The attractiveness of socialism comes from the creed that those who advocate socialist measures consider themselves the friend “of the good, the noble and the moral,” as unselfish champions of necessary change. The Socialist typically identifies himself as a person “who selflessly serves his people and all humanity, but above all as a true and intrepid researcher.” In contrast to this self-view of the socialist, anyone who criticizes socialism with the standards of science is depicted as

an advocate of the evil principle, as a rogue, as a filthy mercenary of the selfish special interests of a class damaging the common good, and as an ignoramus.

To this day, this tenor has changed little.

After the end of the Soviet Union, in 1991, it looked for a while as if the communist ideology had had its days for good. But it did not take long for a new wave of sympathy for socialism to emerge, and it is getting stronger. Nowadays, the enthusiasm for the socialist planned economy does not come with red flags on the streets but is being celebrated in academic seminars and by the social justice movement and comes in all colors, including green.

One must agree with Mises when he states, a hundred years ago, that it has become customary “to talk and write about economic policy matters without having thoroughly thought through the problems that lie in them to the end.” The public discussions of the questions of human society are “mindless” and steer politics along paths “that lead directly to the destruction of all culture.”

Not different from the epoch when Mises was writing his treatise, today as well, so it seems, it is a “hopeless endeavor to convince the passionate supporters of the socialist idea by logical evidence of the perversity and absurdity of their views.” Then as now, the supporters of socialism are not open to any argument “that they do not want to hear and see and, above all, do not want to think about.”

Instead of refuting the adversaries of their ideas with rational argumentation, the Socialists turn to personal attack. In Marx’s tradition, his followers have their opponents

insulted, mocked, ridiculed, suspected, slandered. . . . Their polemics are never directed against the explanations, always against the person of the opponent. Few critics can withstand such assaults and gain the courage to disparage socialism pitilessly the way it would be the duty of a true scientific thinker.

Mises cherishes the hope that new generations will grow up “with an open eye and open mind,” who will “approach things impartially and without prejudice” and who will “dare and test” the socialist claim. Mises hopes for a generation that will begin to think again and who will act with precaution. Mises dedicates his book to these new generations. Through his book, Ludwig von Mises wants to speak to future students, to a generation that is yet to come.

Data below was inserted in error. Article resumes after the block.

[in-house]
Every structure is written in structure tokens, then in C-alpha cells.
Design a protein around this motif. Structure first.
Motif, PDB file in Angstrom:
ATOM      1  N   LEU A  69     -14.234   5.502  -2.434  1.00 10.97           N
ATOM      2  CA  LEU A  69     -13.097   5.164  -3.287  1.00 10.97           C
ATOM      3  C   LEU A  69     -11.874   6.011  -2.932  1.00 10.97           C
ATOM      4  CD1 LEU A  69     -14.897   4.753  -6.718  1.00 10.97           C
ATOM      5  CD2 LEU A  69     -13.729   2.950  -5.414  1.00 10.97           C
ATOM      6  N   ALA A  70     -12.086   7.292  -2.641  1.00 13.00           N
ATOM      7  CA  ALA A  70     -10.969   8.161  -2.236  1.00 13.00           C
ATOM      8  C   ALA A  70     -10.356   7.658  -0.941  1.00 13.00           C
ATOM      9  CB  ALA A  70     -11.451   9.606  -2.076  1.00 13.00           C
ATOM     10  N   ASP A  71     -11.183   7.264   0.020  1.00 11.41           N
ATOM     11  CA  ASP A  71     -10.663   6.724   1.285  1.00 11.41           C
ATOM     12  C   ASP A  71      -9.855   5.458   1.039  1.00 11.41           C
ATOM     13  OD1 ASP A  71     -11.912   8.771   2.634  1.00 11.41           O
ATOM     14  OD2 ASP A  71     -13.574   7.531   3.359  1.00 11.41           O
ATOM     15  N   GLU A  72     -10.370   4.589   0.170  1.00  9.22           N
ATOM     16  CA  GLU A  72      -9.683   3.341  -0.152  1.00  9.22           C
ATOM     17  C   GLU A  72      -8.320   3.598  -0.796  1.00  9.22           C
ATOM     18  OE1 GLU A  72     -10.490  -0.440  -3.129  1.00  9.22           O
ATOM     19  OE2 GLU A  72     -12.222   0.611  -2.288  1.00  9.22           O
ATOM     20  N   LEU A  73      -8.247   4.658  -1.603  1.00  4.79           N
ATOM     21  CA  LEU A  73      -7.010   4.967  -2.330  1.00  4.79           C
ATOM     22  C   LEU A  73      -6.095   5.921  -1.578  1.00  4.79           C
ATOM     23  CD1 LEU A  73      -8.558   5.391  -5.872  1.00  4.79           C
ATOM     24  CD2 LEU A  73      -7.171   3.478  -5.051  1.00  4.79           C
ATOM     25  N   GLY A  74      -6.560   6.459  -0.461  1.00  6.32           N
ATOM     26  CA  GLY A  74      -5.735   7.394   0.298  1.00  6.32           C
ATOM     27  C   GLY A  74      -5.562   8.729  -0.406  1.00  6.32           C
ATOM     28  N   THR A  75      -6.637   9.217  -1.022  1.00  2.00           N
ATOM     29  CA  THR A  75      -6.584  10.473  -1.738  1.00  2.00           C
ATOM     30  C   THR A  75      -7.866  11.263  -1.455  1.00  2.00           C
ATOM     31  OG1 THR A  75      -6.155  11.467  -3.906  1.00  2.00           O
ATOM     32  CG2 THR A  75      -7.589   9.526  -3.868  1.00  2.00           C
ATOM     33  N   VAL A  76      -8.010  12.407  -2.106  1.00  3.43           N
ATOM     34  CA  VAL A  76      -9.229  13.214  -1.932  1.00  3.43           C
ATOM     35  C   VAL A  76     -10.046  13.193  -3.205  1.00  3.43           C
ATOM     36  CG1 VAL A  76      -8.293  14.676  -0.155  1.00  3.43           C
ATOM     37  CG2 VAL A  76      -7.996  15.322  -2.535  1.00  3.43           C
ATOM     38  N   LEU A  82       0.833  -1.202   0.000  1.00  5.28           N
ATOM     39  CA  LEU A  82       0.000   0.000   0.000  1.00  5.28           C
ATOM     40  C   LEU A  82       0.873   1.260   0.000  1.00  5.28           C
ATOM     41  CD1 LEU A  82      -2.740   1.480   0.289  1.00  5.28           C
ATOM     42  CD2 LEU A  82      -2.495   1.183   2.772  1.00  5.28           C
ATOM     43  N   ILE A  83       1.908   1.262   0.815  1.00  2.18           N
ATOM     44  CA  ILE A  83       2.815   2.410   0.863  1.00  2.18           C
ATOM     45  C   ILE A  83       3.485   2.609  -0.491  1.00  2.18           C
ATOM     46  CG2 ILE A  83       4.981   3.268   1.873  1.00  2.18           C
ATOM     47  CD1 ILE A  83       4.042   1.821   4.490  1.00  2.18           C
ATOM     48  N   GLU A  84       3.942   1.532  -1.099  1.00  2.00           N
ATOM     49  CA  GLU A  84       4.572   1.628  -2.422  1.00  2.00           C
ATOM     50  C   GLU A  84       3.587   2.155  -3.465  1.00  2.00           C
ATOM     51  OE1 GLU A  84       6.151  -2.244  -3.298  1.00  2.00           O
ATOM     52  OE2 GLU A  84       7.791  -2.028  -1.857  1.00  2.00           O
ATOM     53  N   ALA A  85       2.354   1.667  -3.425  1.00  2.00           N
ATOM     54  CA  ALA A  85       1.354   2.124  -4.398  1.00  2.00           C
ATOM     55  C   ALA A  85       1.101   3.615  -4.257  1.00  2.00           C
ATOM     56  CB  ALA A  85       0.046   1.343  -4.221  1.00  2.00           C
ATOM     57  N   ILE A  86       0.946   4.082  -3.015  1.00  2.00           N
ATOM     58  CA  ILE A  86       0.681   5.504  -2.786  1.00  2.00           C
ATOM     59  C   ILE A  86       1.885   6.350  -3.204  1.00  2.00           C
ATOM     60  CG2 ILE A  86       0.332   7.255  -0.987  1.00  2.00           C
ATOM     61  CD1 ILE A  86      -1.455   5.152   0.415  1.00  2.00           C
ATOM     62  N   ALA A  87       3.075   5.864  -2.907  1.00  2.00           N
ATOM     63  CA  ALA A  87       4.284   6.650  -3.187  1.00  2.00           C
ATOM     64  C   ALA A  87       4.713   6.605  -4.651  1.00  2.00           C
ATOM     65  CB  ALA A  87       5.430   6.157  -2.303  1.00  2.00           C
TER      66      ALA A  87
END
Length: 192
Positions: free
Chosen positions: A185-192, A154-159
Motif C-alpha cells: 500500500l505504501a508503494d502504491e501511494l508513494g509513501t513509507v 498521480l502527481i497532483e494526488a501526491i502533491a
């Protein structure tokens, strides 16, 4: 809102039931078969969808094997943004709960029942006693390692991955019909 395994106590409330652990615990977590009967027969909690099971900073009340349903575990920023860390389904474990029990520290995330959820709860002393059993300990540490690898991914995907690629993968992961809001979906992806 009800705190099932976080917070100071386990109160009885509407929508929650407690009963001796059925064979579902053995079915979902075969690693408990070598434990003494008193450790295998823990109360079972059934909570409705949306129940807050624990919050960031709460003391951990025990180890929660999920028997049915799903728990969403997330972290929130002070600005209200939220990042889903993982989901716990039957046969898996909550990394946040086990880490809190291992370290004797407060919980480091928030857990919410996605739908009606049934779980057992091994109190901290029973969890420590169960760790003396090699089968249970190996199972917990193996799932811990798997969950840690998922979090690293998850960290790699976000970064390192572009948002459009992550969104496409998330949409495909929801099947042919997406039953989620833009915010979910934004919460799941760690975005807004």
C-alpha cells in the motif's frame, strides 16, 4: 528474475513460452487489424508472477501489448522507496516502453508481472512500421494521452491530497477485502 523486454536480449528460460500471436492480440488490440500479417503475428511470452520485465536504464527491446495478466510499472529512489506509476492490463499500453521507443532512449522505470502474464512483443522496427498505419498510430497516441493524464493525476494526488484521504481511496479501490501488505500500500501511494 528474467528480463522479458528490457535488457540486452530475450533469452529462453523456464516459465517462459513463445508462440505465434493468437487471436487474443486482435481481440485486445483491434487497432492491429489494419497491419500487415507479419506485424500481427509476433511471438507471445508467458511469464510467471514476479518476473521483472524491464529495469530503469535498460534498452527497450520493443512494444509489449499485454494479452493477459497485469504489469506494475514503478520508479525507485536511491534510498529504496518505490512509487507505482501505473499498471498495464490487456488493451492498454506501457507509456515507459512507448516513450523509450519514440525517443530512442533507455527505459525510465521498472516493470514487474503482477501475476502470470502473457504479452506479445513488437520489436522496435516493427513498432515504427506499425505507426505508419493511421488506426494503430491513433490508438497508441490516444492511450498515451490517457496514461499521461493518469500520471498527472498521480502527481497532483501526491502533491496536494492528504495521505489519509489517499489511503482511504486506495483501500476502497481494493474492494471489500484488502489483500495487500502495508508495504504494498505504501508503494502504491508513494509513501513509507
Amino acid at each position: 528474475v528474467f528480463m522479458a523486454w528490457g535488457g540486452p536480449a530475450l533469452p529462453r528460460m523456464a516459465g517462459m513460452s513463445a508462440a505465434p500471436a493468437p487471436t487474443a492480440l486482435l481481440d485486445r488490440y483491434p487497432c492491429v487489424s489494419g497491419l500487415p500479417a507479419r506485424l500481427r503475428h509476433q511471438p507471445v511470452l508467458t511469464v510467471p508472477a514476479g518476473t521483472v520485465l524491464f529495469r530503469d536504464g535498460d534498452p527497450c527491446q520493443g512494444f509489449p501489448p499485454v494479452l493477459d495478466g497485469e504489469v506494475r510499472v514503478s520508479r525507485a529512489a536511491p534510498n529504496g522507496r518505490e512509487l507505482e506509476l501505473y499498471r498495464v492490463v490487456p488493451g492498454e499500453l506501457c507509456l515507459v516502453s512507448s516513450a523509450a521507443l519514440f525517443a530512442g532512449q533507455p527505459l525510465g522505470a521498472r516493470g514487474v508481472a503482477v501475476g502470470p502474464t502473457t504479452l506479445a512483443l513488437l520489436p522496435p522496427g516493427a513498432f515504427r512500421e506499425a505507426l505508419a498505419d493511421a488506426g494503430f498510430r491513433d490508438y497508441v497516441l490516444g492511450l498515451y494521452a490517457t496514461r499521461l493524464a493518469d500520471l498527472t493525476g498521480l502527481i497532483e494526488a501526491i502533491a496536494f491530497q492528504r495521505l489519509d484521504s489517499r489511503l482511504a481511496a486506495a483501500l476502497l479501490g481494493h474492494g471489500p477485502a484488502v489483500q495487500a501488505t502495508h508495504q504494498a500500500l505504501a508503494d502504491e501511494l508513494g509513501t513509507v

These challenges arise in our time. Socialism still is a mental misconception. Marxist thinking, often unconsciously, pushes the masses toward socialism. As in the days of the publication of Mises’s Socialism, we, too, must admit that we live in the “age of socialism.”

Likewise, today, one asks with Mises:

Where is an influential political party “which may dare to stand frankly and freely for the special ownership of the means of production”? Then, as now, the word “capitalism” is ostracized and used as the “sum of evil.” Socialism is the dominant idea of the time: “Even the opponents of socialism are completely under the spell of its ideas.”

Socialism’s Destructive Power

Even though communism failed to bring prosperity and freedom, socialist thinking continues flourishing as an ideology in academia, education, and the media. Disguised as champions of social justice and equality, the modern socialists demand a planned economy to counter injustice and fight against climate change. Again and again, these movements are gaining enough votes to become part of the government and pursue their destructive plans.

Like the older versions, modern socialism, too, is not what it claims to be. It is not pioneering a better and more beautiful future. On the contrary, it shatters of what millennia of culture have painstakingly created.” Socialism “does not build, it tears down.”

The destructive policy of socialism consists of the depletion of capital. This process may be hidden for quite some time because

as long as the walls of the factory buildings are still standing, the machines are still running, the trains are still rolling over the rails, it is believed that everything is fine. The growing difficulties in maintaining the high standard of living are attributed to other causes, except for the fact that a policy of capital depletion is pursued.

Most people do not recognize that the capital of the economy must be continuously maintained and restructured. Ongoing capital formation is the path to prosperity and as such, the ownership of the means of production is indispensable for economic and social progress. Socialism, on the other hand, takes the path of destruction because it undercuts the maintenance and the incessant improvement of a nation’s capital structure.

Author:

Antony P. Mueller

Dr. Antony P. Mueller is a German professor of economics who currently teaches in Brazil. Write an email. See his website and blog.

Note: The views expressed on Mises.org are not necessarily those of the Mises Institute.
When commenting, please post a concise, civil, and informative comment. Full comment policy here